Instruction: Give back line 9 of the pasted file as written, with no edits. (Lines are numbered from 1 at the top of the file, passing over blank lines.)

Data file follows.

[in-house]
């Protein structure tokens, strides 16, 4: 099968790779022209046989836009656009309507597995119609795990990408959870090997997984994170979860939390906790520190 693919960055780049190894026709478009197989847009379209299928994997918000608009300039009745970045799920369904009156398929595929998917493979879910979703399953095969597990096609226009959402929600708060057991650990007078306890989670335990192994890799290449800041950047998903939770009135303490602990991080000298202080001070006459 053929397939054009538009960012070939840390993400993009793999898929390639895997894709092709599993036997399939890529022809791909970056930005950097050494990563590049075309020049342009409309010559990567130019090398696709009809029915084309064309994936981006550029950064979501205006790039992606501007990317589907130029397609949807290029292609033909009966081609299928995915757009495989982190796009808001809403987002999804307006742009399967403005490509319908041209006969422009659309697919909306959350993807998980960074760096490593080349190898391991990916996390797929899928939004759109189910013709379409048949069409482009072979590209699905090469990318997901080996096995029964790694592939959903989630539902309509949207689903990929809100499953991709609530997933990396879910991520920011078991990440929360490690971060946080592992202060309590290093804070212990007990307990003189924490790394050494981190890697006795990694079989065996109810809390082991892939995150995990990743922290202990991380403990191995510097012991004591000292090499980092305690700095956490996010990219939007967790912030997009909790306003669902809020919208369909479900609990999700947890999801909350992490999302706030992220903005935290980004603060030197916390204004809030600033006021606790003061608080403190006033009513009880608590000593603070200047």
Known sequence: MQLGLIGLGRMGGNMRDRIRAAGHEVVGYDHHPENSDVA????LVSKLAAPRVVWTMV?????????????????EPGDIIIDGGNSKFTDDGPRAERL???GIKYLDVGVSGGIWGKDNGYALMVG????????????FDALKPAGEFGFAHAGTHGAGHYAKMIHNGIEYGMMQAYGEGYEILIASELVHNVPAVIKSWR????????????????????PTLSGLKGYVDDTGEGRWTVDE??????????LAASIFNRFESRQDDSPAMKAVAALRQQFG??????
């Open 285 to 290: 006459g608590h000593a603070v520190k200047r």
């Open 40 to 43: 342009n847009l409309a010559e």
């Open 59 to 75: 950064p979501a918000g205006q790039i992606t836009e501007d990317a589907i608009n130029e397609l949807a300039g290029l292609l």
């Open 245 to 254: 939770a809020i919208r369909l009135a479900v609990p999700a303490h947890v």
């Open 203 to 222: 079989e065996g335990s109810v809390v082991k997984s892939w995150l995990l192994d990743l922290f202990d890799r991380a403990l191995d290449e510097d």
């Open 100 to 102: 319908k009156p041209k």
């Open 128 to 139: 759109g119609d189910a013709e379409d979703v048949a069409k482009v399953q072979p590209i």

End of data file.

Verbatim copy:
């Open 100 to 102: 319908k009156p041209k």